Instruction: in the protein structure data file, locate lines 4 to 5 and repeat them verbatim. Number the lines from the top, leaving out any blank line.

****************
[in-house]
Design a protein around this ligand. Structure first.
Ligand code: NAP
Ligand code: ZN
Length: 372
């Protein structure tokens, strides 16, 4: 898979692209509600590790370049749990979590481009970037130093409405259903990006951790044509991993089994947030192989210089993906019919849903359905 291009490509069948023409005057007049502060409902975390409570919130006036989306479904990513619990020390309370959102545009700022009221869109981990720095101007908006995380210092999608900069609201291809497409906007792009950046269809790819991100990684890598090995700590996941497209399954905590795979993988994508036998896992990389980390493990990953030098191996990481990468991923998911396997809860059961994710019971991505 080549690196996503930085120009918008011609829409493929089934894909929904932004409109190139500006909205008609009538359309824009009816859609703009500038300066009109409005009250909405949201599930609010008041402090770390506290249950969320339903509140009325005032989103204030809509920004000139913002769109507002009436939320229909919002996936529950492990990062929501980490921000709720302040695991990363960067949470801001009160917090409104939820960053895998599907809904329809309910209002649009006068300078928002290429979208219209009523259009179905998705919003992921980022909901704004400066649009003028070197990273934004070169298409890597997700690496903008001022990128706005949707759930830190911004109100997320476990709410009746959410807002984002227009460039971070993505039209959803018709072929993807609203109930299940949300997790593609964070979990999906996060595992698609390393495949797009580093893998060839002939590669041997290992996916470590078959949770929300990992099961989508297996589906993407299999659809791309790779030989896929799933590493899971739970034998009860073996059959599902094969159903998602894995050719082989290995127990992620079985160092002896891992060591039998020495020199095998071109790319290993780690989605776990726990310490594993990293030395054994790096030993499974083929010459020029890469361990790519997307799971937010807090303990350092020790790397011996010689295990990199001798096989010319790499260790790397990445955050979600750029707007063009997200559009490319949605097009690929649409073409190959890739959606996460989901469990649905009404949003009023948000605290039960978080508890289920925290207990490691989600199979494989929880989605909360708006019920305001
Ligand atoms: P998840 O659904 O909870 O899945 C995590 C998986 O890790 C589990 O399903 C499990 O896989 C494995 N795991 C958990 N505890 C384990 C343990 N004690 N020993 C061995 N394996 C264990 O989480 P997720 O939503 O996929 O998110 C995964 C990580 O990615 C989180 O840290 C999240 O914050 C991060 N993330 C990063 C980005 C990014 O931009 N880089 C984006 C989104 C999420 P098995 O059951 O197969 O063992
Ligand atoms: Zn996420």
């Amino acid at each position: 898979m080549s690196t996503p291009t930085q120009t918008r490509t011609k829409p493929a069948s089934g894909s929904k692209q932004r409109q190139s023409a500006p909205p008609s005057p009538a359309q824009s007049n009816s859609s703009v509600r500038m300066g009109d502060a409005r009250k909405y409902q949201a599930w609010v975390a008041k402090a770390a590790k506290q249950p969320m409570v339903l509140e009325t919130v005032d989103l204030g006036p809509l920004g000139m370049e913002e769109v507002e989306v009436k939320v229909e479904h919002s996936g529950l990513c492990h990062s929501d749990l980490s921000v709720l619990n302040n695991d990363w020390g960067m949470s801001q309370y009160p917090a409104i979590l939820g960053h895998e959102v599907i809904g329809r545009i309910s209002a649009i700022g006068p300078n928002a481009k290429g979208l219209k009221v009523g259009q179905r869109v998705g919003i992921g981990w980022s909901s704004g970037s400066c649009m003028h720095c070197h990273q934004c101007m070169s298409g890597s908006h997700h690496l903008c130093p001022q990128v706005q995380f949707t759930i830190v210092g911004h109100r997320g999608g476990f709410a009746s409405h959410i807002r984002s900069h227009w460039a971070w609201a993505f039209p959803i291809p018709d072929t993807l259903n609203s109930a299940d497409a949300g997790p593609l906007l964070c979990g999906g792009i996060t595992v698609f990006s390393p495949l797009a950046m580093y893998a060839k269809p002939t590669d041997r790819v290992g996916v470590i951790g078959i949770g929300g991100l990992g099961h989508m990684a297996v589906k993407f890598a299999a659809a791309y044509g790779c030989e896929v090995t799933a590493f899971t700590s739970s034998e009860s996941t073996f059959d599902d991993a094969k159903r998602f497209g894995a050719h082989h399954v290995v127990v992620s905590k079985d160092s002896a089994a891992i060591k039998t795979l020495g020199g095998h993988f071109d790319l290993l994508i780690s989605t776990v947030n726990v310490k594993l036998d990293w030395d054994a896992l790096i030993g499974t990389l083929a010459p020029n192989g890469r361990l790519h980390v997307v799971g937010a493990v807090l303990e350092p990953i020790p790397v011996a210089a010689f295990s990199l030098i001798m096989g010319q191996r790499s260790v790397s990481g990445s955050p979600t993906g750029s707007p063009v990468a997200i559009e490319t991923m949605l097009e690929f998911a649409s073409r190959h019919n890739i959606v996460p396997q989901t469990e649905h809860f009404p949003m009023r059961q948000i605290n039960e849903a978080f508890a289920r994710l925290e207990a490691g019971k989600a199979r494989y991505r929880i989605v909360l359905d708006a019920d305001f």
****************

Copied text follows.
Ligand code: ZN
Length: 372